About six months in, seniors started varying maai and timing within the kata and nailing me.

                            It's said in our dojo, "The kata is the outcome of proper practice, not the goal." In other words, once the basic moves are learned, which doesn't take long, then the point of practice is to approach the kata with full intent and intensity, watching aite and being ready for anything, because it's only in that state that the kata start to unlock their secrets.

                            Shu-ha-ri is not a single, linear process. It's concentric circles feeding back on themselves without end. It starts with the very first cut.

                            Comment


                            • #44
                              Originally posted by Josh Reyer View Post
                              Yes, first the basic movements of the kata have to be learned. But this is exceedingly simple, and the basic movements are learned in a couple weeks of regular practice, if that. I mean, you can practice the basic movements of the kata indoors, miming the sword. But in these early days, more important than doing the moves "right" are doing the movements "zenshin-zenrei" - full body and spirit. Better crappy technique full of intent and spirit than lifeless, though technically "correct", movement. It's considered easy to go full throttle and polish off the rough edges than to try and add intensity to mannered movement.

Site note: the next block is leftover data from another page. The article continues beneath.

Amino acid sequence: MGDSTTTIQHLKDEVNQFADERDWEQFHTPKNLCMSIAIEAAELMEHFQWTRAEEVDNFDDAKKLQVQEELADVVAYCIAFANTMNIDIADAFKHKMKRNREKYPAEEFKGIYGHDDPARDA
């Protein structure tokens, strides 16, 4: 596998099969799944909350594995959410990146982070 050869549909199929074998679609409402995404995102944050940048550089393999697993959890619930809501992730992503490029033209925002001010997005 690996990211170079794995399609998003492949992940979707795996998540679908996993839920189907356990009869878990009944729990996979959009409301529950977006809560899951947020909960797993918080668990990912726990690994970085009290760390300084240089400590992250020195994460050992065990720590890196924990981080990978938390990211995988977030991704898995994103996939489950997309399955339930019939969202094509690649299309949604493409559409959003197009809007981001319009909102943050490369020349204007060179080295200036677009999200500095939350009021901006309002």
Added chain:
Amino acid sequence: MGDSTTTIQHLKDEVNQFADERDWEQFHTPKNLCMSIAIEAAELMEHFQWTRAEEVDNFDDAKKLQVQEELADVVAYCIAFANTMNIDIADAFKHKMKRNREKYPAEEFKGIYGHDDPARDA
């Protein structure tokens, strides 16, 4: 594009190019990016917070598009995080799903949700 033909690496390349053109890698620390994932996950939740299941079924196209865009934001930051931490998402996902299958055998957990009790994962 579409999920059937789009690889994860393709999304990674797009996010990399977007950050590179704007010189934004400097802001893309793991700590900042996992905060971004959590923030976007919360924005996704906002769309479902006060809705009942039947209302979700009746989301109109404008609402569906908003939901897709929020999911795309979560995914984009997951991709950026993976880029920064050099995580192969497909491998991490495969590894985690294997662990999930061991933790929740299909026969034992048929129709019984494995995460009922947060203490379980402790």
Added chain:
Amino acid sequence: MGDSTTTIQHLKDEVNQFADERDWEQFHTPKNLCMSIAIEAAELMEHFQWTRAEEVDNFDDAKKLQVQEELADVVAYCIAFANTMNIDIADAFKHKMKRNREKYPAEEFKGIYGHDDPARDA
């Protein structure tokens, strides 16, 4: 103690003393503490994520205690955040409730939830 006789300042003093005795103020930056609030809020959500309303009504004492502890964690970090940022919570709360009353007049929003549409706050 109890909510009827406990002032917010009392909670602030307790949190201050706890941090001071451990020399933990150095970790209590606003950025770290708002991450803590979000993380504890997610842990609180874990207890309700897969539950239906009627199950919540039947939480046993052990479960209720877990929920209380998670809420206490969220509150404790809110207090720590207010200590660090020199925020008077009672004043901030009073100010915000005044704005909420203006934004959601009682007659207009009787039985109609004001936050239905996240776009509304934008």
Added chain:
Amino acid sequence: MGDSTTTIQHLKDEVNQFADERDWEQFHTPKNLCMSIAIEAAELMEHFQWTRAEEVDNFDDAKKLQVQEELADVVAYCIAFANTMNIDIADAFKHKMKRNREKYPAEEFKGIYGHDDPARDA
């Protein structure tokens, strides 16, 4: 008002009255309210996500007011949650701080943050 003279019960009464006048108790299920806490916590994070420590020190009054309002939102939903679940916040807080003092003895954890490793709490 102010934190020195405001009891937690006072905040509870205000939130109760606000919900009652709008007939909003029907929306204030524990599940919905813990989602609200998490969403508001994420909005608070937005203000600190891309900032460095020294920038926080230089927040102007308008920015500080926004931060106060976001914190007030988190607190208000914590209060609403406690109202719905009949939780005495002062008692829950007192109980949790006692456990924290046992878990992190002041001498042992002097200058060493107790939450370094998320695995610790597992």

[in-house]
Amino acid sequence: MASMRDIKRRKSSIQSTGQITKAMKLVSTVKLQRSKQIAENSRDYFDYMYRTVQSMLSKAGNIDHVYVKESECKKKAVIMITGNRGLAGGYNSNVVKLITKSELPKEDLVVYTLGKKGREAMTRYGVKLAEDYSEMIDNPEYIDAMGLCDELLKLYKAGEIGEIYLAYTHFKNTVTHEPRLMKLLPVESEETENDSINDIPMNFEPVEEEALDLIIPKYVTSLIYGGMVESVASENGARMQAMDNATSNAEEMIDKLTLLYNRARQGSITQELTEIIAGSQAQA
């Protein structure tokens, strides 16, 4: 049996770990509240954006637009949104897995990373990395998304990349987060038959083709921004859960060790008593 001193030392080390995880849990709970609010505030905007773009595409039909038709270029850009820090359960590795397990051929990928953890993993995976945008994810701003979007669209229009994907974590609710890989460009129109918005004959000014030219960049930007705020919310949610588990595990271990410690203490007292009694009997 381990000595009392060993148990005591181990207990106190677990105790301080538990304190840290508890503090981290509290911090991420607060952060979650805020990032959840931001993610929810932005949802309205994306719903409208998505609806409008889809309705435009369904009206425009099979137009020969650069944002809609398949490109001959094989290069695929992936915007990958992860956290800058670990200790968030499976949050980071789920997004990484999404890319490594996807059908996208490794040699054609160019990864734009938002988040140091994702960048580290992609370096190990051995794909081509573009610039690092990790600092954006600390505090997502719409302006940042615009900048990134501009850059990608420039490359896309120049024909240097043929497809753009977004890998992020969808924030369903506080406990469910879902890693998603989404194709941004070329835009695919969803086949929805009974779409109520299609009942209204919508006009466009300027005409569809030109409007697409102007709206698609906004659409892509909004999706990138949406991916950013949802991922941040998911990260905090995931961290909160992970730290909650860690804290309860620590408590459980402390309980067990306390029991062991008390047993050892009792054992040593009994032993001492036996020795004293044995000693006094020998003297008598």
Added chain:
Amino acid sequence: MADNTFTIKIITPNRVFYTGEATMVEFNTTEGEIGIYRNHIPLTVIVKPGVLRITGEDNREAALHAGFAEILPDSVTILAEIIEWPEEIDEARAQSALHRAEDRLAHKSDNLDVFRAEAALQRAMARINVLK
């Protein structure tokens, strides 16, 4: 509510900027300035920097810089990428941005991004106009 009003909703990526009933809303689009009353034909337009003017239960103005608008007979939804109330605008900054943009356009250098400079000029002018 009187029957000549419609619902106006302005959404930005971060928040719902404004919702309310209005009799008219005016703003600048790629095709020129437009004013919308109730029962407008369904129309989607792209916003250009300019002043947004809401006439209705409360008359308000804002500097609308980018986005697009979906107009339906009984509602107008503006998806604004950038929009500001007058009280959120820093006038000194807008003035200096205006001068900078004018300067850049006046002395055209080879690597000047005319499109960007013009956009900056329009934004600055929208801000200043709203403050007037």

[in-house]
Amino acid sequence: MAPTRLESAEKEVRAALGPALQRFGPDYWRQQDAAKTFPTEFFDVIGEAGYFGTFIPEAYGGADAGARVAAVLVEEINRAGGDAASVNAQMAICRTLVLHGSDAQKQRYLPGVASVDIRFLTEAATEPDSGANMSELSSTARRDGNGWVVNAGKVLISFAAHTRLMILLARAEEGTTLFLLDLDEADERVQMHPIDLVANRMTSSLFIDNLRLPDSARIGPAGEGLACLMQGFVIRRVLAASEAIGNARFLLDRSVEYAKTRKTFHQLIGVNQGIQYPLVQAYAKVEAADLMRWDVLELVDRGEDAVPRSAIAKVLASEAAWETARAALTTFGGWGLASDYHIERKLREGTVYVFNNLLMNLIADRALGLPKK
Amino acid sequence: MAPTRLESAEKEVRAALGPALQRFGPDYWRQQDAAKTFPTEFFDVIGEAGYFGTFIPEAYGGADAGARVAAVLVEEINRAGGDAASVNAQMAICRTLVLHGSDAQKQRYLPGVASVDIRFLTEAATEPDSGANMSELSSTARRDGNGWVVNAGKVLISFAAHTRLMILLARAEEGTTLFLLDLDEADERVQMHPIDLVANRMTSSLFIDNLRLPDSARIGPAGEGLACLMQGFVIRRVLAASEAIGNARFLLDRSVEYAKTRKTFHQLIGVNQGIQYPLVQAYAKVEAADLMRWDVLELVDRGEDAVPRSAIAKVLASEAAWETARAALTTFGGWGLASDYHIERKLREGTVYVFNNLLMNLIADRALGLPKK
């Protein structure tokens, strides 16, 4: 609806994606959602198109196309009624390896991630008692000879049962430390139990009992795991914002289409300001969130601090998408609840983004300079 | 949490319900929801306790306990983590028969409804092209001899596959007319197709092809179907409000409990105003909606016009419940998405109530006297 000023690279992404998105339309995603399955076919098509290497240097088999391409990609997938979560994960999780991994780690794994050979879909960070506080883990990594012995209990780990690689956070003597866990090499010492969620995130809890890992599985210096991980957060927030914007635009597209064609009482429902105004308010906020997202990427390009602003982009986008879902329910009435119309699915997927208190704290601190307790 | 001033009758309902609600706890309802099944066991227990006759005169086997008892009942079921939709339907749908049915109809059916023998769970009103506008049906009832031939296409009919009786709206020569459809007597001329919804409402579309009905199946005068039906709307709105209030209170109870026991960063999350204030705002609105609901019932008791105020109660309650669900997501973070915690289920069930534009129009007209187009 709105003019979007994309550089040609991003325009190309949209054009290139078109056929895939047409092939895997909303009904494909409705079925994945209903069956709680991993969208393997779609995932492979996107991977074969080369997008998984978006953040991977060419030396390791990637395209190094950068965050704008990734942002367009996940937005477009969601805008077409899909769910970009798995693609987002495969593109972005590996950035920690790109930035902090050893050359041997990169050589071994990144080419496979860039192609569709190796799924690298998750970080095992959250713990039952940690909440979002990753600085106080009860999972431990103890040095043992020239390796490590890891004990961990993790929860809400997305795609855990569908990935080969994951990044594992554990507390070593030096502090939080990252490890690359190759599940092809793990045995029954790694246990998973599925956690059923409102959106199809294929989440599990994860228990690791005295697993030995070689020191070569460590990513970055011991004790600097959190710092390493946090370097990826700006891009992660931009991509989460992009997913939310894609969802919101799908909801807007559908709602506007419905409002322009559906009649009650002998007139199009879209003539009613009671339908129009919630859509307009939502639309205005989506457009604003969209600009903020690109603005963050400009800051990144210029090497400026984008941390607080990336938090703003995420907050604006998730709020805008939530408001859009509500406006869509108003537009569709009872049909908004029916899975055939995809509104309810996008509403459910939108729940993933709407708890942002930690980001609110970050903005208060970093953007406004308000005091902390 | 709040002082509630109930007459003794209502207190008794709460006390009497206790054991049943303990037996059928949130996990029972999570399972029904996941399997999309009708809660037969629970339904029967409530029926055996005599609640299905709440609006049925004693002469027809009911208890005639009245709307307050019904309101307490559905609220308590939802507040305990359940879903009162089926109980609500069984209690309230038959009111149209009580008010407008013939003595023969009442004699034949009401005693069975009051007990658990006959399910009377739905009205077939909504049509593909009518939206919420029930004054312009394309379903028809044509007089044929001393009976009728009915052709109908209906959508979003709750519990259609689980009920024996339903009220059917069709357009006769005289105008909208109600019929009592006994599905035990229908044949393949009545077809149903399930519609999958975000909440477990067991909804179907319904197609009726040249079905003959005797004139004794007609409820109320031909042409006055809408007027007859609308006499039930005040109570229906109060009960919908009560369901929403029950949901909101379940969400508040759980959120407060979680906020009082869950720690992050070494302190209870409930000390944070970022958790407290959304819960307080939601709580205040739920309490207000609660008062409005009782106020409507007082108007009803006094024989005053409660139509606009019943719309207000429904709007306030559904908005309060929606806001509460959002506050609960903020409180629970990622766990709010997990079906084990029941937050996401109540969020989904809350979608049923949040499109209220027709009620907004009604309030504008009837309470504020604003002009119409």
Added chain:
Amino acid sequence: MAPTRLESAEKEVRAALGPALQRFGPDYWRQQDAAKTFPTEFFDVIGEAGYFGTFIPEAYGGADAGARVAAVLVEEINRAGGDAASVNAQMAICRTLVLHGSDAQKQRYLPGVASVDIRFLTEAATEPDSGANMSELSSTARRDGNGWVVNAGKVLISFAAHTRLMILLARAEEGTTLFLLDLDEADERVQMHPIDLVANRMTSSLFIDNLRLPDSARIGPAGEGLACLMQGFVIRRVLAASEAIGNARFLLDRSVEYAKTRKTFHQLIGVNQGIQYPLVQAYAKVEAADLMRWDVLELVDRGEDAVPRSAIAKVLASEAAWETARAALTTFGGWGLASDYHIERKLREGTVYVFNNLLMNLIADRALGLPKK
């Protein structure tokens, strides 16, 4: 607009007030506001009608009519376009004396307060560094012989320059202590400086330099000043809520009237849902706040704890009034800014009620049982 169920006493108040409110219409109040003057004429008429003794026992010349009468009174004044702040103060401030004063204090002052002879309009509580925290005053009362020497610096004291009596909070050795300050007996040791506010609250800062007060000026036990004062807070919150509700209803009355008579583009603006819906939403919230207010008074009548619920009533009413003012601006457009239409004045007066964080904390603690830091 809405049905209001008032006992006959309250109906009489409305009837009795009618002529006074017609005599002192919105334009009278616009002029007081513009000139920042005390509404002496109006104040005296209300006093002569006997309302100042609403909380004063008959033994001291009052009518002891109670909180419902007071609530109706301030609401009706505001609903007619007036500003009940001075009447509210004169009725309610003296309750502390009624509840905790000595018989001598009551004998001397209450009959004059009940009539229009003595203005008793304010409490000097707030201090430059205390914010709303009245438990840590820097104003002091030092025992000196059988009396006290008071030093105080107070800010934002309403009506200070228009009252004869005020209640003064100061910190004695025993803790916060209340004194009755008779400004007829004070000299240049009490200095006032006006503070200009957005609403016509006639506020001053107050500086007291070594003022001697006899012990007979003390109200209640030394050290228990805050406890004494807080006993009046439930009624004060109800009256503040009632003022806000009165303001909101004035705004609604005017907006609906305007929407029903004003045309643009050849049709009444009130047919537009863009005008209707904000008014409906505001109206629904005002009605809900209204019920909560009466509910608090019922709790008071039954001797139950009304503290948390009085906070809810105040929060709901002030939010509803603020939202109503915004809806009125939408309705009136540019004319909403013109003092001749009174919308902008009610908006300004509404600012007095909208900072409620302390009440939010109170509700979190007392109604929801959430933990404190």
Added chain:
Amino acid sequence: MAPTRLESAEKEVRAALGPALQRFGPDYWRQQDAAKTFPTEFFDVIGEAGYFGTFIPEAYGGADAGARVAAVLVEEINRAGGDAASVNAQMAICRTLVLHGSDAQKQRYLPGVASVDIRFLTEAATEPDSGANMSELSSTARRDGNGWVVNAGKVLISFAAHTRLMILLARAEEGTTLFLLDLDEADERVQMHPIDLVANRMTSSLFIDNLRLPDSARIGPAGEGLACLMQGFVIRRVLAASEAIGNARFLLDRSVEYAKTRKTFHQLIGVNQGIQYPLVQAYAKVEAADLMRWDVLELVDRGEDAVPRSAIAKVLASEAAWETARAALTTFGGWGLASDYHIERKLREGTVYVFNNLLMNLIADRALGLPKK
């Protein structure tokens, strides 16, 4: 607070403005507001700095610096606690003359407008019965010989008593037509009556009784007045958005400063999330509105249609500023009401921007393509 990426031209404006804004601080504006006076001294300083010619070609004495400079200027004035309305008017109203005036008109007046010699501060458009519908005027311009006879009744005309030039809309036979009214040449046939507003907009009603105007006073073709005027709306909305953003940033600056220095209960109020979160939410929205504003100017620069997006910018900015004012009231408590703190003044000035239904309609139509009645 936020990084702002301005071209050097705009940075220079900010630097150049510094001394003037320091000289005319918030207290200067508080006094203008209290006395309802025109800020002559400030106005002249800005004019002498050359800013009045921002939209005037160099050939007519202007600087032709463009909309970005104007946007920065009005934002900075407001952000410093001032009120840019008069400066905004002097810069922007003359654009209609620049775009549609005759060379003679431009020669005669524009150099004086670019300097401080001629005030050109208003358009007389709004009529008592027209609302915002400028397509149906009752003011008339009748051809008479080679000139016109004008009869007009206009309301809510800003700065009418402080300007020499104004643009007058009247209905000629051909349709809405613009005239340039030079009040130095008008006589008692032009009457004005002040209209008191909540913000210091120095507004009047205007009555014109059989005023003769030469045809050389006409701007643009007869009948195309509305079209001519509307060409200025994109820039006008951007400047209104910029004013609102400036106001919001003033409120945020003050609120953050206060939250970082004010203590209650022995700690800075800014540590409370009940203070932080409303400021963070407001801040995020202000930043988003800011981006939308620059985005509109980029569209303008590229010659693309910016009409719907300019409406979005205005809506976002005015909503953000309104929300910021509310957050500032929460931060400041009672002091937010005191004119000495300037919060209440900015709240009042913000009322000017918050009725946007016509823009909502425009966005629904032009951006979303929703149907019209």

From day one, students are taught that the kata doesn't stop because someone makes a mistake, or if shidachi fails to win. And if someone makes a mistake like getting the order wrong, rather than stop in the middle and start over, they should do that mistake with full commitment, with their partner responding appropriately. Not even a year in, some of my seniors would make a mistake(?) and cut for my hands instead of my legs. If I got hit because of that, it was my fault for mindlessly doing the kata instead of watching my aite. Only a couple months in, my teacher told me not to overthink things during the kata, but to do it with mushin.
                              tbh, I wish kendo kata practice was more like that.

                              Comment


                              • #45
                                Originally posted by Josh Reyer View Post
                                I can only speak for my particular line of YSR.